Sabre-toothed kittens were the fierce and fearsome carnivores that back to the Ice Age. Neither tigers nor modern cats are their direct descendants.
Saber-toothed cats (sometimes colloquially known as “saber-toothed tigers”) were the fierce felines that wandered parts of North America during the ice age. As big as lions, most of their species did not look as much like the modern day cats. With giant forelimbs and the elongated iconic canines, they (even as kittens) were exceptionally tough and muscular.
Read on here to know some really interesting facts about these social carnivores of Ice Age ‘sabre-toothed kittens’.
Smilodon fatalis were one of the best known genera and a social carnivore of saber-toothed cats. They were from the Pleistocene epoch (37,000 to 9,000 years ago) and had more robust skeletons than wild cats. The saber-toothed cats were discovered worldwide from the Eocene epoch until the end of Pleistocene epoch (42 million years ago-11,000 years ago).
The La Brea Tar Pits in Los Angeles has a huge collection of fossils of these ancient carnivores. They lived up for around 11,000 years there. They weighed about 100-620 pounds and used their elongated canines for precision killing. 90% of them were carnivores who stumbled upon these pits in search of prey. While some managed to get their food, the others had themselves stuck in the thick petroleum goop.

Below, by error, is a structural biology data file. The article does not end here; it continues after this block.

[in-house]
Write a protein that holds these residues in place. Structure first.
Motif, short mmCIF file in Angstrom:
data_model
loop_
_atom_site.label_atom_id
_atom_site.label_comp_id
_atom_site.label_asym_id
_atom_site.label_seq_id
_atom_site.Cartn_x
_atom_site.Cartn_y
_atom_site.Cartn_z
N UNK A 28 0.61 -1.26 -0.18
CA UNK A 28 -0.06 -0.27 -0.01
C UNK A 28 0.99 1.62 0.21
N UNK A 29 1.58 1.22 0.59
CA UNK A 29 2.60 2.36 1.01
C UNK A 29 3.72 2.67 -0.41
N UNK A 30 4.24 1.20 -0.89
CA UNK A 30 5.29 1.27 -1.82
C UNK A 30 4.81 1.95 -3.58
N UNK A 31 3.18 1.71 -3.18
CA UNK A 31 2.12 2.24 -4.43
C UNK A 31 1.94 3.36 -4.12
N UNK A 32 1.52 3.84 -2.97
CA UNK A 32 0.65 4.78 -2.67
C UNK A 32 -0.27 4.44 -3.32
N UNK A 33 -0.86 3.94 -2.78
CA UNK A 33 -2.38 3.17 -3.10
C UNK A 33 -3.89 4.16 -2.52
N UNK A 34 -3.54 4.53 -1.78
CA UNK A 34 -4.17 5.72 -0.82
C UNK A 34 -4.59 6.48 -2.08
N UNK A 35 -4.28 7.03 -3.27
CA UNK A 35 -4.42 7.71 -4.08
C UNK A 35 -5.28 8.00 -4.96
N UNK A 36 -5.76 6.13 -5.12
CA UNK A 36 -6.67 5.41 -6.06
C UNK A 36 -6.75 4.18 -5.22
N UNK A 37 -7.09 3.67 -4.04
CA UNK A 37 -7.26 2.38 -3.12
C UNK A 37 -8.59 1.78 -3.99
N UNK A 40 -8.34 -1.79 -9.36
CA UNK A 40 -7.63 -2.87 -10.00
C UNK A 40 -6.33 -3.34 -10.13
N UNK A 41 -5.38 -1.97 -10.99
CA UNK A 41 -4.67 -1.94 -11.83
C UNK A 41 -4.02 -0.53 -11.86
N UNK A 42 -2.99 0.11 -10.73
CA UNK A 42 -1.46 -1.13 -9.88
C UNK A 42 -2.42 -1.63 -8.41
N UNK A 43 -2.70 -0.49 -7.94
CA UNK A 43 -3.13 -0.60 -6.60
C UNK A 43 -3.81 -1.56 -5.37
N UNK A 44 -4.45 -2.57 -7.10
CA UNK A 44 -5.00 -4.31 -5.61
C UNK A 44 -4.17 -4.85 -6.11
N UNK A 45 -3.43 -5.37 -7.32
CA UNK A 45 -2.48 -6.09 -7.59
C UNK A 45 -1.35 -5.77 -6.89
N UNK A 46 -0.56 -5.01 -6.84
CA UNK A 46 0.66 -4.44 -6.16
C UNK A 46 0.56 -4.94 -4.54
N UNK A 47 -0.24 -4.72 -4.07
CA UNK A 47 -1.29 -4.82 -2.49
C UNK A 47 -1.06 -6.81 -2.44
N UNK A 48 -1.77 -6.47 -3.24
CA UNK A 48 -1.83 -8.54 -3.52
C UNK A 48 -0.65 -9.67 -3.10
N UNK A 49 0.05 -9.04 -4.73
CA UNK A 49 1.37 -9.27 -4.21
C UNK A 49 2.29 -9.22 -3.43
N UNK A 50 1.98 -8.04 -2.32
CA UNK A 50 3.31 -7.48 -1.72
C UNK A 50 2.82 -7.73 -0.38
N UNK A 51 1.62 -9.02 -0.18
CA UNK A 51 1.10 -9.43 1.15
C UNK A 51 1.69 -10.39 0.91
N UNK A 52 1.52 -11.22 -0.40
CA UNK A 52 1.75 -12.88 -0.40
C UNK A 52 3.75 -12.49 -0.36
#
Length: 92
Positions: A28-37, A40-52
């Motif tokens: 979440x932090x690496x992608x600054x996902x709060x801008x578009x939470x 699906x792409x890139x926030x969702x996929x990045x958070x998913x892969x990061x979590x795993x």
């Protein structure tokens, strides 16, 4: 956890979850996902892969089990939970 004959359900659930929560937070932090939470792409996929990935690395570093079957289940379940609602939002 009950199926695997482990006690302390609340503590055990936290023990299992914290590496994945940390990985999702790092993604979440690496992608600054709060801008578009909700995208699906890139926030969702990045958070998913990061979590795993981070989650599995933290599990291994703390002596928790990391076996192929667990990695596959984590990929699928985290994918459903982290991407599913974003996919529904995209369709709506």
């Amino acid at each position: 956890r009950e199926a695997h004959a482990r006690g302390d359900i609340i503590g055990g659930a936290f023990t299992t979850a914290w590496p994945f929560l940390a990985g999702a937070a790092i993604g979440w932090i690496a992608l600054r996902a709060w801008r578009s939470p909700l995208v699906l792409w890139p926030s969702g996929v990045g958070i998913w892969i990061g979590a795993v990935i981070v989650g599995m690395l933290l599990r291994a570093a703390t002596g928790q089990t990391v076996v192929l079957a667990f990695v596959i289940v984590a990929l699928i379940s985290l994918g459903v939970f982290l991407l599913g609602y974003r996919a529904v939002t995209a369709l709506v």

The prehistoric saber-toothed cats don’t have any close modern descendants. It is believed that they used their massive and powerful forelimb muscles to pull down and position their preys for deathly bites. The saber-toothed cats were quite heavier than the dire wolves.
The saber-toothed kittens were not like the modern vulnerable kittens which grow stronger as they age. According to the bone density samples found, the saber-toothed kittens had really strong, muscular forelimbs. So it’s likely that the Smilodons did not run very fast and ambushed rather than chasing down its prey.
Big beasts like elephants, rhinos and other giant herbivores that are no longer into existence were its preys. When pitted against other predators or similar-sized cats, saber-toothed kittens were much stronger and heavier.
Smilodon do not have any direct descendant today as all of its species were completely wiped out during the Ice Age. The big modern cats come from a different lineage. Lions, leopards and cheetahs tend to chase their prey and cougars usually ambush.
Mairin Balisi, the UCLA doctoral student in ecology and evolutionary biology, conducted analysis of over 35,000 bones from saber-toothed cats and dire wolves for more than 6 months at the La Brea Tar Pits' George C. Page Museum. He stated that the saber-toothed cats were not tigers and have no close relation with the modern cats.
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